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6 Responses to Support your high street heroes on Independents’ Day #retailindieday by @retail_indieday for #IndieRetail

  1. John says:

    Interesting article. The survey findings showing 15,000 net increase in retailers is in line with the ONS data showing retail sales values up 3.3% and volumes up 2.4 % on last year. Also thought I’d share some data on a high street survey I recently did with a local independent retailer in a Derbyshire market town:
    – 72% people happier buying from local independent retailers rather than supermarkets/major high street chains
    – 43% people actually shop at independent retailers more than supermarkets/major high street chains
    – 52% people cite more shops/choice as the main reason they don’t support local independent retail more
    – 93% people believe local independents care more about customers and customer satisfaction
    – 90% people believe local independent retailers are more important for the local community
    – 5% of the public had heard about July being the month for Independent Retail

    There’s clearly overwhelming support for local independent retail. But wouldn’t July be so much better if the public at large could be more engaged with what’s going on? People want to do the right thing – shouldn’t there be more done to help them feel good?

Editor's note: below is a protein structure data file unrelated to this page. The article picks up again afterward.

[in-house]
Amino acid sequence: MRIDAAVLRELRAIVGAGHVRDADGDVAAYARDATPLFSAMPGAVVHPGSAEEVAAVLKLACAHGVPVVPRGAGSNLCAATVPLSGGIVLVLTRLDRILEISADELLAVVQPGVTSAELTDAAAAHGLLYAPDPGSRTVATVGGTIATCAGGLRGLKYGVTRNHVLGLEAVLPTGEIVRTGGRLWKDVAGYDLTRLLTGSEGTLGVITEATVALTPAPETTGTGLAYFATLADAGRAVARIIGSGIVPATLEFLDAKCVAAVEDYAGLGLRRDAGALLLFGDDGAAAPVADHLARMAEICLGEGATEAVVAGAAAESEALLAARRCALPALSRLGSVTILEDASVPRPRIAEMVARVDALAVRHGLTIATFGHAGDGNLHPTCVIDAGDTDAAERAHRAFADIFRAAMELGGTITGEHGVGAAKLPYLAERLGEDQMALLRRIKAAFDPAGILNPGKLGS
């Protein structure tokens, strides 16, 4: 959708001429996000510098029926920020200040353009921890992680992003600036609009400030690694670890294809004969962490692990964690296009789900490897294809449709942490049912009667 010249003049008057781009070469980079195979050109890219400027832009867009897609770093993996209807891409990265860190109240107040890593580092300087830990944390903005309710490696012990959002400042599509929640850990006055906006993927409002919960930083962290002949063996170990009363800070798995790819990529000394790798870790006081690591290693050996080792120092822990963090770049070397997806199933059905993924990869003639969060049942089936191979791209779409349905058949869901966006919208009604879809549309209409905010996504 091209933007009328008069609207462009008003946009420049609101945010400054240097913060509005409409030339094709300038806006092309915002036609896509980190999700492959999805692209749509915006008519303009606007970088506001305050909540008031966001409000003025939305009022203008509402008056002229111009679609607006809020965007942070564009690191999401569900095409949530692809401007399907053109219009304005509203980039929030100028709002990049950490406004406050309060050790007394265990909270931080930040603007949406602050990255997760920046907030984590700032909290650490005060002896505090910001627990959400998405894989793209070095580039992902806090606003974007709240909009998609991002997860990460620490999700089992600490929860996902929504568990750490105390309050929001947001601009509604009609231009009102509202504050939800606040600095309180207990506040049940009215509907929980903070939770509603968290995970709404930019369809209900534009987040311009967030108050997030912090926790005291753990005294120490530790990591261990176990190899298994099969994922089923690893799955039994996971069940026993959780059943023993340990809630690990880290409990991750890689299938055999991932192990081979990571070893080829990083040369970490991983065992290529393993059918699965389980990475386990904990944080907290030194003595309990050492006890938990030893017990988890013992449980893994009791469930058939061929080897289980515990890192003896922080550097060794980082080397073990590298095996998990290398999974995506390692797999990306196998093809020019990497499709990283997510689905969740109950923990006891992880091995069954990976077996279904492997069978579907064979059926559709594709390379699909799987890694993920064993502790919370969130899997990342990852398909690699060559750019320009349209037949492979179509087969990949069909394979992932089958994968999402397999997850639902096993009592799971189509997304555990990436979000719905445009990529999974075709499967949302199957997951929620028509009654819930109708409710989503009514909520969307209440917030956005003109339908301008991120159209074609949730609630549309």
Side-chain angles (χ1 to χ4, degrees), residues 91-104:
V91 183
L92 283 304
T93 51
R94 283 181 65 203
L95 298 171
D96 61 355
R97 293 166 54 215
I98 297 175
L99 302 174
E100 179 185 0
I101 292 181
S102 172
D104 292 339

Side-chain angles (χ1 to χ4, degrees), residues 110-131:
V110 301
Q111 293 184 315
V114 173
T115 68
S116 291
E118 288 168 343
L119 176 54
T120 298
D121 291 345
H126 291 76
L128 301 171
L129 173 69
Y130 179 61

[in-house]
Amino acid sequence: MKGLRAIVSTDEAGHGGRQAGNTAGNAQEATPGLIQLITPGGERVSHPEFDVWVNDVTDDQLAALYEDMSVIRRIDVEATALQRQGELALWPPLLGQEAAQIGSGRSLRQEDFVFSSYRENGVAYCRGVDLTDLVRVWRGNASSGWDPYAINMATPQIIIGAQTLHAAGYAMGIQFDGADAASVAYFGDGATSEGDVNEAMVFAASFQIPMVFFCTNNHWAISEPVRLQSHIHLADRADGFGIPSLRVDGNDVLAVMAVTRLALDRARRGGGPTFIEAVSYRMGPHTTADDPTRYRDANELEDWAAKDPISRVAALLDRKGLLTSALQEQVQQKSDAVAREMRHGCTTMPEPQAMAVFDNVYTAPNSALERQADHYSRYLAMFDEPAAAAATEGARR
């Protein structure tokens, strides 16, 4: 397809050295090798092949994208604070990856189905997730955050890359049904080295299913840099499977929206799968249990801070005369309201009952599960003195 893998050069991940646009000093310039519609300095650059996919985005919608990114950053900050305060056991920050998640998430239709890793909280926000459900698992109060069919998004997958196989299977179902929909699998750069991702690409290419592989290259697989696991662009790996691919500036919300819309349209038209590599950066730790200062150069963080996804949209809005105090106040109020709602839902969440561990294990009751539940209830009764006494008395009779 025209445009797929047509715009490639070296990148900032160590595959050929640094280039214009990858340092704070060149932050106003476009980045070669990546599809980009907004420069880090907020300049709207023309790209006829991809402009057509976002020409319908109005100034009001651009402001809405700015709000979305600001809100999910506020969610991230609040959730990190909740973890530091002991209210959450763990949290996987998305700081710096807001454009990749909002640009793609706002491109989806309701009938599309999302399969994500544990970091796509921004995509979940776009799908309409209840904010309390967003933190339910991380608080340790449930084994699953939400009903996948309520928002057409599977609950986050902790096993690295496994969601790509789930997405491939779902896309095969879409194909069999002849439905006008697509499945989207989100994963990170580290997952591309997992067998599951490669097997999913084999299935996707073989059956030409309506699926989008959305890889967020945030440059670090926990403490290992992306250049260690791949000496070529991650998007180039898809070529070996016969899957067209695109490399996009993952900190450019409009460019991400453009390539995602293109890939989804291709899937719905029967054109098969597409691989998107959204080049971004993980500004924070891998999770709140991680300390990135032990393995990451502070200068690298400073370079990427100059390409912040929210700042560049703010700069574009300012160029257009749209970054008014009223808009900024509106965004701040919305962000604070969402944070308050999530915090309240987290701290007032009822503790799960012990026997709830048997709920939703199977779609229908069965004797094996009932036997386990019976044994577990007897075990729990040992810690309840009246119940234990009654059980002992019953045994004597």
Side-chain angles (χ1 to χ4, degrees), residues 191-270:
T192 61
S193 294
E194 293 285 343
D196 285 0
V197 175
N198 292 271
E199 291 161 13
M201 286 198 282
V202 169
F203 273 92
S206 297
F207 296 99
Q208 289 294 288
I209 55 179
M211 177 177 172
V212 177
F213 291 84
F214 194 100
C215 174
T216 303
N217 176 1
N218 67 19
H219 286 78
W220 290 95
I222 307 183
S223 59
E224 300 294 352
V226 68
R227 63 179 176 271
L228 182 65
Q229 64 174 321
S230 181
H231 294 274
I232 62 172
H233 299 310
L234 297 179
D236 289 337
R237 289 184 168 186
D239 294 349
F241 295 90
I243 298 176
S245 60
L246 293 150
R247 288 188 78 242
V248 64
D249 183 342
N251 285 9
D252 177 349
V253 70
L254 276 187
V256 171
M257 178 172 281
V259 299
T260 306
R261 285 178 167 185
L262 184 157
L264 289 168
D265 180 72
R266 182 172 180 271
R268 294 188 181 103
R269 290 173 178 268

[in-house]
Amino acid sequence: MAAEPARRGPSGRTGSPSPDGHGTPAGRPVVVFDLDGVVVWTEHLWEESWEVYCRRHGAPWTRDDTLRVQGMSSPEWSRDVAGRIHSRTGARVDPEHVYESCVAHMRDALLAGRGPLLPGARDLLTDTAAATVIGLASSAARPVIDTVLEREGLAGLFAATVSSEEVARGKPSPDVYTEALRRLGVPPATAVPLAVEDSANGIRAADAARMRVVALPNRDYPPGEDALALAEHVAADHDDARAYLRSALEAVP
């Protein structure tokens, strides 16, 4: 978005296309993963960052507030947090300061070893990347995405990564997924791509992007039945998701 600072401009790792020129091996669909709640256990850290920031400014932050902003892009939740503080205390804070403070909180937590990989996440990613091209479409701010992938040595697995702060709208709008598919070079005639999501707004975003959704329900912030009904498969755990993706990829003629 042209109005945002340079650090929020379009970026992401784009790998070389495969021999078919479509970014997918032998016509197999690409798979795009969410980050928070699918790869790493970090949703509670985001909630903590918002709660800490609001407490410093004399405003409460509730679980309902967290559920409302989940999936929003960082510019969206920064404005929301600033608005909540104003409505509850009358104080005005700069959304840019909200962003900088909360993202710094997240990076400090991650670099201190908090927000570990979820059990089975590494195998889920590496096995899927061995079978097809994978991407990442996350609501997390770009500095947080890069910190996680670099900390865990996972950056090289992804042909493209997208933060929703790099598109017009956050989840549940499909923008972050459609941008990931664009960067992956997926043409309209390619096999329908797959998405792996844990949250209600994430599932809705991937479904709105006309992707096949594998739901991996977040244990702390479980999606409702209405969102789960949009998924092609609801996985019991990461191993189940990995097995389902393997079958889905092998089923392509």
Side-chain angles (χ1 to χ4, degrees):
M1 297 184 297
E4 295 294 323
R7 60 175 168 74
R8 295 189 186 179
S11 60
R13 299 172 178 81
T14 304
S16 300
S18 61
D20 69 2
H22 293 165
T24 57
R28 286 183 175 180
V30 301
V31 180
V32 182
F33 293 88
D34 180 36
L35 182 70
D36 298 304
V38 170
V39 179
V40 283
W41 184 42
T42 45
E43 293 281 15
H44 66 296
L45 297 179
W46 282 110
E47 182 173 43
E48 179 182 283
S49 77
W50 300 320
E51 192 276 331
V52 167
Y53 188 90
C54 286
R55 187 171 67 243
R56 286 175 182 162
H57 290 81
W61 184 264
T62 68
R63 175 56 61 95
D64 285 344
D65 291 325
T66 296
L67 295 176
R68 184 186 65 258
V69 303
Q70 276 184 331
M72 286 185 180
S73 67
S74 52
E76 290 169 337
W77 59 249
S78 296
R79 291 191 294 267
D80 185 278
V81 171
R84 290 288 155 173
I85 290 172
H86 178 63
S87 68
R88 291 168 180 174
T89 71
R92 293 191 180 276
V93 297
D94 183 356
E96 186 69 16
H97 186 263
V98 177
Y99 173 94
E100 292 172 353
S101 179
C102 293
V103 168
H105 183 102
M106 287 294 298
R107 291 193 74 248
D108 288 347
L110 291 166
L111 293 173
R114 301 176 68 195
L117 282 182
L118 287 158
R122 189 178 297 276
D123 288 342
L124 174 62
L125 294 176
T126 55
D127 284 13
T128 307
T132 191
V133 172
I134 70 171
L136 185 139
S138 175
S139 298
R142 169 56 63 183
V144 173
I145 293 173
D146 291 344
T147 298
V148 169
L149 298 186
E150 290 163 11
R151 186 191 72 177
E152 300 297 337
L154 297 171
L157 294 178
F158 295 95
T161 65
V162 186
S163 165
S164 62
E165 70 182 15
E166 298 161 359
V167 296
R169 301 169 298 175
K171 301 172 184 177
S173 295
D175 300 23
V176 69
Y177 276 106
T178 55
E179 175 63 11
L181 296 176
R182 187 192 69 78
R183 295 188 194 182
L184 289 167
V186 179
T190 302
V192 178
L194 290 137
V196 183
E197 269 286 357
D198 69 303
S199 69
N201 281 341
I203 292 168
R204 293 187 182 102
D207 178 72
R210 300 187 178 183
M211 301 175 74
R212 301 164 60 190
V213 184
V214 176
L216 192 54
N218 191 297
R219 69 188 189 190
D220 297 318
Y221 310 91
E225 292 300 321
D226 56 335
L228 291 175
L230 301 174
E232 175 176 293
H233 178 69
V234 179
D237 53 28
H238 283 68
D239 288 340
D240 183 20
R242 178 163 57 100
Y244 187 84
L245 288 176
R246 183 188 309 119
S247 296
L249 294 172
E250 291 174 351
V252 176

2. Clare Rayner says:

    Hi John
    How valid are your findings statistically? What was the sample size? What was the demographic mix? Over what period was data captured and over what catchment area? I would respectfully suggest that whilst interesting you can’t possibly assume that this limited research is representative and at best it’s an interesting insight to a single area, at worst it could be hugely misleading if read out of context by someone not terribly familiar with data capture, research methods and survey analysis,

    Your single high street survey with a local independent retailer in a Derbyshire market town can not be assumed to be adequate data from which to form an opinion about the total market. The fact is that those figures will vary wildly town to town…